What would I want in their shoes? 25 years of humanitarianism
Jane Cocking Previously the Oxfam GB Humanitarian Director
16th Aug 2013
On World Humanitarian Day we pay tribute to our colleagues working in the field, but also to the people and communities that they work with. People who daily show enormous resilience in the face of extreme challenges. Oxfam's Humanitarian Director Jane Cocking explains more.
The 2005 earthquake in Pakistan happened at about ten past nine on a Saturday morning when people were doing ordinary Saturday morning things. When I spoke to people shortly after the earthquake, what they wanted more than anything else was to go back to five past nine, before the disaster struck. You can't do that for people but what you can do is be there, supporting them in very practical ways, whilst remaining empathetic and helping them to get back dignity and choice. That's what I would want in their shoes and that's what we try to do.
...what they wanted more than anything else was to go back to five past nine, before the disaster struck.
My career in humanitarian response began in Somalia during the devastating famine of the early 1990s. And it was here that I realised just how difficult life can be for some people, but also how well people can cope with things that no one should ever have to cope with.
My experiences in Somalia left me with the profound belief that there is no greater injustice than the fact that there are people who do not have the basics to keep themselves and their families together. If this happened to me I would not want anyone to come and lecture me, but would want people to ask, "How can we help you to get back on your feet?"
When Oxfam is at its best this is what we do: always trying to be accountable to people who have had their lives turned upside down by a disaster or a conflict. When we get it right it's a fabulous feeling to be a part of it. And that's why I do it.
Of course, we don't always get it right. Somalia was one of the first places where humanitarian agencies began to be seen as potentially part of the problem. Everybody was trying to do their best, but there was still a sense of 'agencies decide-people receive' and a certain amount of parachuting in with lots of money but no sensitivity to the local context. After Somalia, every agency in the world felt that we should have handled things differently. Fortunately, we learnt from the situation and much has changed since.
Recently I visited Jordan and Lebanon and met people who had fled Syria. I felt that there were many similarities with their experiences and those of the people I met in the Balkans in the 1990s. But our approach has changed. Today, for example, we would not try to set up a food distribution system for people living in an abandoned supermarket or school; instead we get cash to them so they can choose what to buy for themselves. And that is a much more empowering way of doing things.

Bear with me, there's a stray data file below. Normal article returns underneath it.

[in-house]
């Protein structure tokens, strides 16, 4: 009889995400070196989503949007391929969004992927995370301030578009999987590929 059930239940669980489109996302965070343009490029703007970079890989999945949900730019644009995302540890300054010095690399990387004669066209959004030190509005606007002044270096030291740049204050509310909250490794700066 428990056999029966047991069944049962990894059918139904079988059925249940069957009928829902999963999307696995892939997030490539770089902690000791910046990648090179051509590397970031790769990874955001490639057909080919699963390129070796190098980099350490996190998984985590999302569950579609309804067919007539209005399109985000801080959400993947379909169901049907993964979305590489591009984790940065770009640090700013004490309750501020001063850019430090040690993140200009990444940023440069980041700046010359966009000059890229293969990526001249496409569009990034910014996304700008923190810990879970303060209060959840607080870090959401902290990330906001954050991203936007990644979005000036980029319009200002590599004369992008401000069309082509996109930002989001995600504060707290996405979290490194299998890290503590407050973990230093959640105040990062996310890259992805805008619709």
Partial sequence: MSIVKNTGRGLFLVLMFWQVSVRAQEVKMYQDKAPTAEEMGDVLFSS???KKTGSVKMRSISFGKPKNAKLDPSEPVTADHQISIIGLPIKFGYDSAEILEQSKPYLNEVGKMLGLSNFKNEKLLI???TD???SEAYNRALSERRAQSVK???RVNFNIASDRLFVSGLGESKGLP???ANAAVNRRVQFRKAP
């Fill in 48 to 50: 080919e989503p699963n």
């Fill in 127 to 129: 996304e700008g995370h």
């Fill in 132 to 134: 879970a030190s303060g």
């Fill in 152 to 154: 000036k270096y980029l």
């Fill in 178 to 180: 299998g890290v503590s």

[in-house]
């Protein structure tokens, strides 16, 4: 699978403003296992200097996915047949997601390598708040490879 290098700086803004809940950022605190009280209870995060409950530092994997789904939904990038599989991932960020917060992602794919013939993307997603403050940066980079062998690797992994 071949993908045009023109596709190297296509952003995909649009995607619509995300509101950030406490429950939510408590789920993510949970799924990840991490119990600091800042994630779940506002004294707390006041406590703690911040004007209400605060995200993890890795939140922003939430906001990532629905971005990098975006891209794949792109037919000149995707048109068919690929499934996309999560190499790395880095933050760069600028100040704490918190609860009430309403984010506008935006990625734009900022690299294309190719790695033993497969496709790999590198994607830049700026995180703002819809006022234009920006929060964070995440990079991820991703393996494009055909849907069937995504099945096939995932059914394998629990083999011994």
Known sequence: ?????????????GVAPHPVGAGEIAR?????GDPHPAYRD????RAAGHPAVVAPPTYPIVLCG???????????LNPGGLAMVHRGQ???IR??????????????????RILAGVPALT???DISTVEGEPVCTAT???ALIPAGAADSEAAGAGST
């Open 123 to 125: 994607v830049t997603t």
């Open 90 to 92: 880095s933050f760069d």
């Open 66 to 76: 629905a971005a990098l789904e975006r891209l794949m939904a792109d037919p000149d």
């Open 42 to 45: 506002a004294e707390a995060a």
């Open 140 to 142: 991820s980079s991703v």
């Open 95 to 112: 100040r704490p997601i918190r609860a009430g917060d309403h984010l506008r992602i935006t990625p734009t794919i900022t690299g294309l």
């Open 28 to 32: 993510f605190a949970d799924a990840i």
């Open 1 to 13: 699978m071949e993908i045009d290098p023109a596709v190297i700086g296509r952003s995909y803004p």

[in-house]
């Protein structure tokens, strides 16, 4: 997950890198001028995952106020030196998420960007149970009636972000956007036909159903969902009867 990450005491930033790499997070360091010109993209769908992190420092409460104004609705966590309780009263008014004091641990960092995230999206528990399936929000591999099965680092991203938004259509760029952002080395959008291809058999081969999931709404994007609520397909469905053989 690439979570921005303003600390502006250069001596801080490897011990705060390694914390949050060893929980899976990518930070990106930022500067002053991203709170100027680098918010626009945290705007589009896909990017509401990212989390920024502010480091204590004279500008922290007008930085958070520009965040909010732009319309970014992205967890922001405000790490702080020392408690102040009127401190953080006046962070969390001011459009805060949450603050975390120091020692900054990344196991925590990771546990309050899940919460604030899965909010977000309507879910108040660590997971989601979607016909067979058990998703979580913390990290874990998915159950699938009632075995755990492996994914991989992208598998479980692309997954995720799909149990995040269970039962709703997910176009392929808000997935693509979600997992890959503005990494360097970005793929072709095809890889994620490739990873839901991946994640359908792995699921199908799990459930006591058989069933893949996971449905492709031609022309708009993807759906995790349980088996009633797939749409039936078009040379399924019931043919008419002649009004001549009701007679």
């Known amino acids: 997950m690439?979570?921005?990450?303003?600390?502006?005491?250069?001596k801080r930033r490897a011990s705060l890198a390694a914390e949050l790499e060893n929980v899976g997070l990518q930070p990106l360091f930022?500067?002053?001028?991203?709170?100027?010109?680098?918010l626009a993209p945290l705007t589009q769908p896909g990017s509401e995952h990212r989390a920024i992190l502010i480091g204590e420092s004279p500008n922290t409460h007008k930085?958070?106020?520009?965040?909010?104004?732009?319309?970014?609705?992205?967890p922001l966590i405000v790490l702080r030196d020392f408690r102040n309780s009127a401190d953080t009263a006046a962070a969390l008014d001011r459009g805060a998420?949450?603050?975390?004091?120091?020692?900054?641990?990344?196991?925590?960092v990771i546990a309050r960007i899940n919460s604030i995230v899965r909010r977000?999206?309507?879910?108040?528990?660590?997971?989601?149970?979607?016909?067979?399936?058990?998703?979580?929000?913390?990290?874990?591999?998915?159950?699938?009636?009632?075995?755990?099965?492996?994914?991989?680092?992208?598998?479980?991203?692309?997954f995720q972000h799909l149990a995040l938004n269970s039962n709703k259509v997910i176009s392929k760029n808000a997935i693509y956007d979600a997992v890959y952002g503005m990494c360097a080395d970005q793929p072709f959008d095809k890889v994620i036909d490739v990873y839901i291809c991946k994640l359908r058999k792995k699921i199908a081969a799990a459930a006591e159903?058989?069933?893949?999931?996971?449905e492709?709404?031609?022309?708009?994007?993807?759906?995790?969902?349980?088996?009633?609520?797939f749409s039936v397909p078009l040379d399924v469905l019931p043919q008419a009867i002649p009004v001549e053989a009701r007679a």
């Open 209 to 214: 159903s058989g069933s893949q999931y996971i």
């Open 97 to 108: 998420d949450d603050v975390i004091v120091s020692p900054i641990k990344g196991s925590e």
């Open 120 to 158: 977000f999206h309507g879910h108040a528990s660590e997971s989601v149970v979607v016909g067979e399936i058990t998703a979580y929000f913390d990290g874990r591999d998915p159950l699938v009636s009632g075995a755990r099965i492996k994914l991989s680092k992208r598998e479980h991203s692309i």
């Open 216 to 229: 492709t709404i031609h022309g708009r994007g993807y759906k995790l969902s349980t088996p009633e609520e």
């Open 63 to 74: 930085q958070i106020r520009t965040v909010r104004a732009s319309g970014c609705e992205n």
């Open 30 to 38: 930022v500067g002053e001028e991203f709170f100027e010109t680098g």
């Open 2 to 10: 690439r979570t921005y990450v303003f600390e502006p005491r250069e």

A colleague of mine says that a humanitarian response will always be an inadequate solution to a problem that should never happen. It will always be inadequate because of the nature of a crisis. You can never simply make the war stop and let everybody go home, you're always faced with dilemmas, which are the choice of two bad options-which is the least worst? But we are learning and these days the automatic response is to ask "What do the local communities think?" "What do they want?" "Who's there already and how can we support
A good illustration of how we work with local NGOs came after the Pakistan floods in 2010. Following a devastating flash flood, a local agency in the Swat valley was distributing the very small amount of stock they had, that Oxfam had supported them to buy in the first place.
Talking to them a week later I asked if they had been worried that it would all run out; they said no, they knew Oxfam would help them to replace it. I remember being so impressed by the level of trust this showed: the confidence in that relationship. It took three days for anyone from Islamabad (where Oxfam was) to get there and that would have been too late. You've got to find ways of supporting people in those first hours and that's what we do now.
Increasingly we are also working with communities and our development colleagues to improve long term disaster preparedness and resilience. Resilience may be a buzzword, but it's one that works.
For example, in Northern Kenya we are working with pastoralist communities in three different ways. We are supporting them through cash programming, whilst also working with the government to improve social welfare provision, and we're also helping them to plan long term as their traditional livelihoods are threatened by climate change and economic pressures.
Doing those three things all at the same time with is absolutely crucial. In bad years you might have to step back from some of the long term work because people's priorities change. But the fact that we have been doing it means that any humanitarian response will be that much more sensitive: that's really important and that's what we're aiming for.